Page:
What do we know about the effectiveness of Best Management Practices (BMPs) in reducing phosphorus losses from cropland in the Western Lake Erie Basin? Answering that question was the focus of a conference March 9-10 of this year, organized by the Partnership for Ag Resource Management and hosted by the National Center for Water Quality Research at Heidelberg University. Funding was provided by the USDA Natural Resources Conservation Service Conservation Innovation Grant program.
Research suggests that an approximately 40% reduction in phosphorus loading would reduce the frequency and severity of western Lake Erie algal blooms to acceptable levels, i.e., few and mild when they occur. The International Joint Commission, an international body formed by the US and Canada in 1909 to help manage the boundary waters between the two countries, has set a goal for restoring the health of the Great Lakes by 2022, thus making the conversations that took place at the conference both essential and timely.
Expert presenters and 85 conference participants reviewed current knowledge and developed research priorities to fill gaps in our understanding.
Dr. Laura Johnson, director of the Heidelberg Center, reviewed what we know about phosphorus movement in the Watershed from water samples collected by monitoring stations operated by the Center. She also presented data on concentrations
of phosphorus in upper layers of soil, resulting from years of surface applications and limited tillage. This concentration can increase potential for phosphorus losses during precipitation and snow-melt events.
Dr. Libby Dayton, Ohio State University, reported on progress towards an improved phosphorus index for Ohio. The index can be used by farmers and others to estimate potential for phosphors losses from individual fields. Dr. Kevin King, research leader with the USDA Agricultural Research Service, reported on early results from studies looking at phosphorus concentrations in surface runoff and drainage tile effluent from 20 paired sites, each with different farming practices in place. His research suggests that shallow (3") tillage incorporation of phosphorus after surface applications may reduce phosphorus losses by four fifths.
The afternoon session also included a demonstration of the Nutrient Tracking Tool (NTT), an online resource developed by Dr. Ali Saleh and colleagues at the Texas Institute for Environmental Research at Tarleton University in Texas. NTT users can compare different management practices to approximate how each practice will impact crop yield, and whether it will improve soil health protect water quality. Dr. Rem Confesor, senior scientist at the Heidelberg Center, is collaborating with Dr. Saleh to adapt NTT for conditions in the Western Lake Erie Basin, and to test and refine its predictions for fields in the region.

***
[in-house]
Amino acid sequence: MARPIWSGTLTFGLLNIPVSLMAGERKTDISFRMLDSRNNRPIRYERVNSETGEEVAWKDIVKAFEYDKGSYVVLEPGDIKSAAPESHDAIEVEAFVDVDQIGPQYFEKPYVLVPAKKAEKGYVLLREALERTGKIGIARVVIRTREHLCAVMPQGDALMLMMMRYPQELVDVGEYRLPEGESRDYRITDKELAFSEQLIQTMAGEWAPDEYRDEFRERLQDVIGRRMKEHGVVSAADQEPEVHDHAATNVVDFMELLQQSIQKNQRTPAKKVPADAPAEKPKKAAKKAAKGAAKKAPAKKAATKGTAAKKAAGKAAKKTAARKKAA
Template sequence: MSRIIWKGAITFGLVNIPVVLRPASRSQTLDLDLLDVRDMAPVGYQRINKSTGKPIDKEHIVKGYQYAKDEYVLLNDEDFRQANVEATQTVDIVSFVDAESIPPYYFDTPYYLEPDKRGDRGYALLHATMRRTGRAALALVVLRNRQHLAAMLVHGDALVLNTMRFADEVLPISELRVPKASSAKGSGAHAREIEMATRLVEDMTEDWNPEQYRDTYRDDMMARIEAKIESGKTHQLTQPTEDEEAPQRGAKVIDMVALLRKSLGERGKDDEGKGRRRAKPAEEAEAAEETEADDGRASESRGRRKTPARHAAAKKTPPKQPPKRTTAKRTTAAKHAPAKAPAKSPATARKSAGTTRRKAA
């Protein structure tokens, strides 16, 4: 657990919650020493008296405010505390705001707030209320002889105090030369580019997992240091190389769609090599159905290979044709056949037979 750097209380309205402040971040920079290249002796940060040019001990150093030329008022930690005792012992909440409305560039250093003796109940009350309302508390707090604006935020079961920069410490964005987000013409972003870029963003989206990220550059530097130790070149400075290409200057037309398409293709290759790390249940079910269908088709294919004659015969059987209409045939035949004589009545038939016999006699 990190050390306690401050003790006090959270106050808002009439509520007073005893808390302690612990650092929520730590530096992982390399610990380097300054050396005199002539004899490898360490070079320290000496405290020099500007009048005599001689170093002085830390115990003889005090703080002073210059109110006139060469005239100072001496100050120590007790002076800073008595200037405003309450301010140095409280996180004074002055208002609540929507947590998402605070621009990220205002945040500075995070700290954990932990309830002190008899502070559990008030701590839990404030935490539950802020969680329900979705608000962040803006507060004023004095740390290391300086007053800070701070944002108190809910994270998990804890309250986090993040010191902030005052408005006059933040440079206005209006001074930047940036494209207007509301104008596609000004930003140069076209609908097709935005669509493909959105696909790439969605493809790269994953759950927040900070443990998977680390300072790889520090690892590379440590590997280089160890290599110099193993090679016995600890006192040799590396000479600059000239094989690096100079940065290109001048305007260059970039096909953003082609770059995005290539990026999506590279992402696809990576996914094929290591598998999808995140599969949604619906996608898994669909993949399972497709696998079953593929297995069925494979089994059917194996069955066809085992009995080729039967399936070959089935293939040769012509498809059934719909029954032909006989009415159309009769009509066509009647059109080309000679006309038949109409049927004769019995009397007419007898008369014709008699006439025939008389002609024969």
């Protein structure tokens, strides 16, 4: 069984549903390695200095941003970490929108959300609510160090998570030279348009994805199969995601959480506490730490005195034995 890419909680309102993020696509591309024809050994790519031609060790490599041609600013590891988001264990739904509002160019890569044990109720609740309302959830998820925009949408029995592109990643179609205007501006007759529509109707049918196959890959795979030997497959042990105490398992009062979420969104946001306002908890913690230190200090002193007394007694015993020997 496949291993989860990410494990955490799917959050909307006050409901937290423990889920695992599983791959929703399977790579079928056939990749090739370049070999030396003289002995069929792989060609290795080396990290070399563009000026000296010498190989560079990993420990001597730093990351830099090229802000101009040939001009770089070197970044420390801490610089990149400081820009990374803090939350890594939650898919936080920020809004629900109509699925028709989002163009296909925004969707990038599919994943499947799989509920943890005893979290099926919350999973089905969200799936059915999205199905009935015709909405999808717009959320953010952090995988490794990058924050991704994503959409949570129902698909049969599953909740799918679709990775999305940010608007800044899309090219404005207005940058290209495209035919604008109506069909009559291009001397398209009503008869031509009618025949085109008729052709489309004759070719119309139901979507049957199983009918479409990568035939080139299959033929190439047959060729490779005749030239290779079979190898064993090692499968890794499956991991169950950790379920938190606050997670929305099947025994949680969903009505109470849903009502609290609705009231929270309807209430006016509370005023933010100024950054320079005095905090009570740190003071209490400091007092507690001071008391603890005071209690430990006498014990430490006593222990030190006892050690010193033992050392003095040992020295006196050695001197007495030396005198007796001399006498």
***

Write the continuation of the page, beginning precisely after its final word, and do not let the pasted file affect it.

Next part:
On day two, Dr. Robyn Wilson, associate professor at The Ohio State University, shared data she has developed on farmer perceptions of, and likeliness to adopt specific BMPs. Her findings indicate that there is strong interest in both cover crops and subsurface placement of phosphorus. Growth in adoption by farmers can be supported by clearly communicating the efficacy of specific BMPs, and maintaining programs that help cover additional costs incurred by farmers.
Attendees agreed that common messages, communicated by everyone working to improve western Lake Erie water quality, were needed to generate focused, effective changes in practices and sustainable improvements in water quality. Challenges include as-yet-unresolved uncertainty around efficacy of potentially key BMPs, and unmet technology needs. For example, cover cropping impacts on phosphorus losses have not been conclusively demonstrated, and the large variability in the practice, including differences in cover crop species, timing and method of planting and termination, and in weather conditions from year to year, make research a costly and lengthy endeavor. Equipment to affordably place phosphorus under the soil surface, without increasing soil erosion, is also lacking.
Videos of the presentations from all speakers will be available shortly on our website!
We will alert you as soon as they are posted.